Rule 4, Alabama Rules of Appellate Procedure (A.R.App.P.) states:

"(1) Except as otherwise provided herein, in all cases in which an appeal is permitted by law as of right to the supreme court or to a court of appeals, the notice of appeal required by Rule 3 shall be filed with the clerk of the trial court within 42 days (6 weeks) of the date of the entry of the judgment or order appealed from."

Rule 4(a)(1), A.R.App.P.

To support an appeal, a judgment or order must be final, unless otherwise provided by law. Smith v. Jones, 554 So. 2d 1066 (Ala.Civ.App.1989). "It is not however, the title of the order that makes it final for appeal purposes; rather, the test of the judgment's finality is whether it sufficiently ascertains and declares the rights of parties." Ex parte DCH Regional Medical Center, 571 So. 2d 1162 (Ala.Civ. App.1990). Clearly, the trial court's original granting of Bell's motion to dismiss in June 1991 was interlocutory in nature and would not support an appeal since it did not adjudicate the rights and liabilities of all parties. See Foster v. Greer & Sons, Inc., 446 So. 2d 605 (Ala.1984). On January 31, 1992, however, when the trial court granted McCollough's motion to dismiss the two remaining defendants, no defendants remained whose rights and liabilities could be adjudicated. Any decision, order, or decree of the trial court which puts an end to the proceedings between the parties to a cause in that court is final and may be reviewed on appeal. Fore v. Fore, 44 Ala. 478 (1870). Thus, for purposes of appeal, a final order existed as of January 31, 1992, from which the appellant had 42 days to file his notice of appeal. Paraphrasing our supreme court, on a similar but unrelated procedural matter in Ex parte Lang, 500 So. 2d 3 (Ala.1986), we consider the trial court's order of dismissal entered June 28, 1991, to have "quickened" and become a "final" order on January 31, 1992, when the remaining defendants were dismissed from the action. "A final judgment is a terminal decision by a court of competent jurisdiction which demonstrates there has been complete adjudication of all matters in controversy between the litigants within the cognizance of that court." Holland v. Holland, 406 So. 2d 877, 879 (Ala.1981).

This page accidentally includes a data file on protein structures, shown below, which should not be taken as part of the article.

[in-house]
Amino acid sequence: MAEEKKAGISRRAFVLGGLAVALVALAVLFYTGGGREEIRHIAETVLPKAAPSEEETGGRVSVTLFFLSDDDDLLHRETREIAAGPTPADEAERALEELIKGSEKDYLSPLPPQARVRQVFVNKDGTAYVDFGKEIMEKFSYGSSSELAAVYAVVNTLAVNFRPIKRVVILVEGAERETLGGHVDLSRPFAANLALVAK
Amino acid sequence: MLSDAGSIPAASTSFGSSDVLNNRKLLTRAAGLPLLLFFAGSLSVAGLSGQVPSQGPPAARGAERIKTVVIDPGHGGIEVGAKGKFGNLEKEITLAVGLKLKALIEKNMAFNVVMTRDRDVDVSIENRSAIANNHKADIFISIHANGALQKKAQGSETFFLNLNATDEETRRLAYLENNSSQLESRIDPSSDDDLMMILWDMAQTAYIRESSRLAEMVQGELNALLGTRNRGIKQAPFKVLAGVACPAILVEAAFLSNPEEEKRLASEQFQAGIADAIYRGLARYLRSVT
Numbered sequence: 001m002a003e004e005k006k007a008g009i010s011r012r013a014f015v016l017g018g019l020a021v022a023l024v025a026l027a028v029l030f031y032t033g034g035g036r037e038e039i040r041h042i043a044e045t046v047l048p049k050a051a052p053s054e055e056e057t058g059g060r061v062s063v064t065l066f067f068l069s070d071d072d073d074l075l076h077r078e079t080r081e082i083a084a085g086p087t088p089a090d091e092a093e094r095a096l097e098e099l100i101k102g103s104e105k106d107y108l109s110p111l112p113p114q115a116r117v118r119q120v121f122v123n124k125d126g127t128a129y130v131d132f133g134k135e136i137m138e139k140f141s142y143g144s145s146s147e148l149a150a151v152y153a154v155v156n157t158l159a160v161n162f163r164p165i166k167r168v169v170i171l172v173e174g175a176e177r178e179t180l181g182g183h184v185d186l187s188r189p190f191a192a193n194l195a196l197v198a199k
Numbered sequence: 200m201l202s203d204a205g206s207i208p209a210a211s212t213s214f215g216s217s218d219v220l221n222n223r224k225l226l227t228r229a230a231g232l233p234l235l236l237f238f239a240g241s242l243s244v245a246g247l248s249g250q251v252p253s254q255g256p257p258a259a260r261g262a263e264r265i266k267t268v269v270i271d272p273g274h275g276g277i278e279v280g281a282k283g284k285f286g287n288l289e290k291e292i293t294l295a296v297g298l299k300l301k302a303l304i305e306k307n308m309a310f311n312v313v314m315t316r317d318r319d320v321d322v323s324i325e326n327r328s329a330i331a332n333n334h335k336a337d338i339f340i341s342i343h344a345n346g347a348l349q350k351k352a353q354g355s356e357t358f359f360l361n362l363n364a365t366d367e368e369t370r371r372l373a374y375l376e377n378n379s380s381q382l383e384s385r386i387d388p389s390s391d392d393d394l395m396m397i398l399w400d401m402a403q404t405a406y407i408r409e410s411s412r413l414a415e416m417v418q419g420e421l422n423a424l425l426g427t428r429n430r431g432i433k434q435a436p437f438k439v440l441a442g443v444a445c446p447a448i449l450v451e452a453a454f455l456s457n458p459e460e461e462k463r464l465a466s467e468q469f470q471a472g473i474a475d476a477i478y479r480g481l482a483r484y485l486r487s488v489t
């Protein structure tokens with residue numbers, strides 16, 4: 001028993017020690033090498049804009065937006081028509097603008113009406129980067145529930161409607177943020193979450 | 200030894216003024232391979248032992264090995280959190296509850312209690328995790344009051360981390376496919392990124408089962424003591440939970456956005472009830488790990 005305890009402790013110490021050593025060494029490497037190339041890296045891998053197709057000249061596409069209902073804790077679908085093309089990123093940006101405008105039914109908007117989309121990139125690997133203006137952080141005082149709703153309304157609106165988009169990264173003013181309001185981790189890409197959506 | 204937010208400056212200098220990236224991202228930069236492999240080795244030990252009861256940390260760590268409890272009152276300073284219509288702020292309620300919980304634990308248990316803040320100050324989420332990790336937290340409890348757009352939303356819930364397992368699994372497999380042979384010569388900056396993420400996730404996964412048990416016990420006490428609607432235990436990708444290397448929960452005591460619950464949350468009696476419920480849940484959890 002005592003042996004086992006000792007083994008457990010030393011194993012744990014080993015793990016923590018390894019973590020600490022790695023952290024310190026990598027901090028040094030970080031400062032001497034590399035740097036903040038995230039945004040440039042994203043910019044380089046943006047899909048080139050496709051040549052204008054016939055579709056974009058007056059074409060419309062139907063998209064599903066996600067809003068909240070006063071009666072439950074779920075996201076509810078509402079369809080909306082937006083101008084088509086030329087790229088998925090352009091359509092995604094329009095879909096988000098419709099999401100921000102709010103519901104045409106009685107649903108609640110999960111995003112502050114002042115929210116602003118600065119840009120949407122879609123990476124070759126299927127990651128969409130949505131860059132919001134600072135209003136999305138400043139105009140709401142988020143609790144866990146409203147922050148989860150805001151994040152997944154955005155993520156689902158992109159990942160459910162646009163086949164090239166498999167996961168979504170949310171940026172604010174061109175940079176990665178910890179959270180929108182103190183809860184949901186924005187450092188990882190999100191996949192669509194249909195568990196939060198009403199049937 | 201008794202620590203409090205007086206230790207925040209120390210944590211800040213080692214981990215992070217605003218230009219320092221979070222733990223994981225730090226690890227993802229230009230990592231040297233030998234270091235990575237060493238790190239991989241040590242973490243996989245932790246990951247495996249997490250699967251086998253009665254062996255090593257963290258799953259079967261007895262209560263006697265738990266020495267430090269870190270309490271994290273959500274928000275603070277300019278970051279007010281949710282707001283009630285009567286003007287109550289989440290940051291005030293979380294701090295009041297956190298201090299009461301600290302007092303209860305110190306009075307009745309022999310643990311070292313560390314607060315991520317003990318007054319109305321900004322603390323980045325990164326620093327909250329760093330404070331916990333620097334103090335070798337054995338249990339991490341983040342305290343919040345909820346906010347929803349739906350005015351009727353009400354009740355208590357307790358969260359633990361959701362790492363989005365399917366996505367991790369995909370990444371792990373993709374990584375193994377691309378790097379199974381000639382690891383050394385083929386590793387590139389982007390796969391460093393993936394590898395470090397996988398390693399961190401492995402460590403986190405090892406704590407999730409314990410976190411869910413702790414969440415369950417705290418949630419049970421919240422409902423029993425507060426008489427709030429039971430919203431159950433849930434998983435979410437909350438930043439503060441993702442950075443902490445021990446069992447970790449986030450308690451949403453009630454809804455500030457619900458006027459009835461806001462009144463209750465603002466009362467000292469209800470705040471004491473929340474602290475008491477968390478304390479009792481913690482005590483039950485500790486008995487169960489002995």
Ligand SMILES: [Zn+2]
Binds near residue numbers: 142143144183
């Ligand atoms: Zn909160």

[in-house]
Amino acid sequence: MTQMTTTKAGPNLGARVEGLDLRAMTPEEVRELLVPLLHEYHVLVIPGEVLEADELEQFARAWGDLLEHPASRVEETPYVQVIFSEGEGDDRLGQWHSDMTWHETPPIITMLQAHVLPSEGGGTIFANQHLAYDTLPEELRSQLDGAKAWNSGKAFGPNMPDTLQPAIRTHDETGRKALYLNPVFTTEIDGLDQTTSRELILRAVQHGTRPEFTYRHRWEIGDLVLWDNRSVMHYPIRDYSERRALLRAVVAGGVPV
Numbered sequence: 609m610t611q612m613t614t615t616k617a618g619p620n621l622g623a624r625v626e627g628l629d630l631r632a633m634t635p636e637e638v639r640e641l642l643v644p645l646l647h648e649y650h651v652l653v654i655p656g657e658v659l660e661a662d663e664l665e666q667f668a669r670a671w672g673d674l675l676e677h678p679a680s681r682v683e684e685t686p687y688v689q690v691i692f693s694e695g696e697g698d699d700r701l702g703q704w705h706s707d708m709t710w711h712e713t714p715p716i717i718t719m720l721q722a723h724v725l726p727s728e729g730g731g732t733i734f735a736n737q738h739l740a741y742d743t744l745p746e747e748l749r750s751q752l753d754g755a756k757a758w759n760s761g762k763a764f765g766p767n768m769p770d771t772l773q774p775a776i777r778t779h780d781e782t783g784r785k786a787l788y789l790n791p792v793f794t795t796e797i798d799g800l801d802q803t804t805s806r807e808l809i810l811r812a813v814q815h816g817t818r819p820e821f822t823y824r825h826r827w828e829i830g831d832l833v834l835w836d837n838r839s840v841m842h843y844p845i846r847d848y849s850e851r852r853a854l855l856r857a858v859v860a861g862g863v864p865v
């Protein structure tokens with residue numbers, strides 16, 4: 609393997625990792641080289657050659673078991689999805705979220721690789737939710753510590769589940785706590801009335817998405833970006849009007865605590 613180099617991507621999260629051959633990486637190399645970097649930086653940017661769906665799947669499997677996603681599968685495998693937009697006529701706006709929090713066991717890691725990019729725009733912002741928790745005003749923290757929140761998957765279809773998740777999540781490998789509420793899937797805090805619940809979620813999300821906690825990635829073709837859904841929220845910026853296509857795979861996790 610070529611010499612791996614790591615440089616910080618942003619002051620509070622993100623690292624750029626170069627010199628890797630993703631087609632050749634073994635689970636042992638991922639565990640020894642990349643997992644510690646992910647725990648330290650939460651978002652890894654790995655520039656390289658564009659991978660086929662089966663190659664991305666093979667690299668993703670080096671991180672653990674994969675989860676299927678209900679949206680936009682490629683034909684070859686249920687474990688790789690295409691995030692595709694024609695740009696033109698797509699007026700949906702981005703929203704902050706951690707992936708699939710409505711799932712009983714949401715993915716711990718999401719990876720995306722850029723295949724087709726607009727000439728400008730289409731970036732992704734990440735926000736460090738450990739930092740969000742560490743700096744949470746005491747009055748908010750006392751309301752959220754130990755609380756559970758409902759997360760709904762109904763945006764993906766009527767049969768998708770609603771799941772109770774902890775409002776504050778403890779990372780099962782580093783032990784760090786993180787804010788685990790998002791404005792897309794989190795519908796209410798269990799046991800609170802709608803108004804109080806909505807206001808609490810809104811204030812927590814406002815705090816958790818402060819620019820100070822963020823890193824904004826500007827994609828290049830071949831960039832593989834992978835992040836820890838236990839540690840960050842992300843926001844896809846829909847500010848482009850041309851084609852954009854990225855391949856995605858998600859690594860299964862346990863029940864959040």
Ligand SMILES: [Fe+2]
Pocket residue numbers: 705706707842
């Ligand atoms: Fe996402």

Although the trial court continued to set the case and enter various rulings, these were of no effect. If anything, they reflect the trial court's intention that Bell's dismissal was intended as a final resolution of all claims McCollough may have had against Bell, including the claim of lien and the count for specific performance. This intention is also evident from the fact that Bell filed no further pleadings, nor appeared further in the case following the granting of her motion to dismiss.

There being no other litigants, the trial court's order of January 31, 1992, was final, and the notice of appeal filed in April 1992 comes too late.


ROBERTSON, P.J., and RUSSELL, J., concur.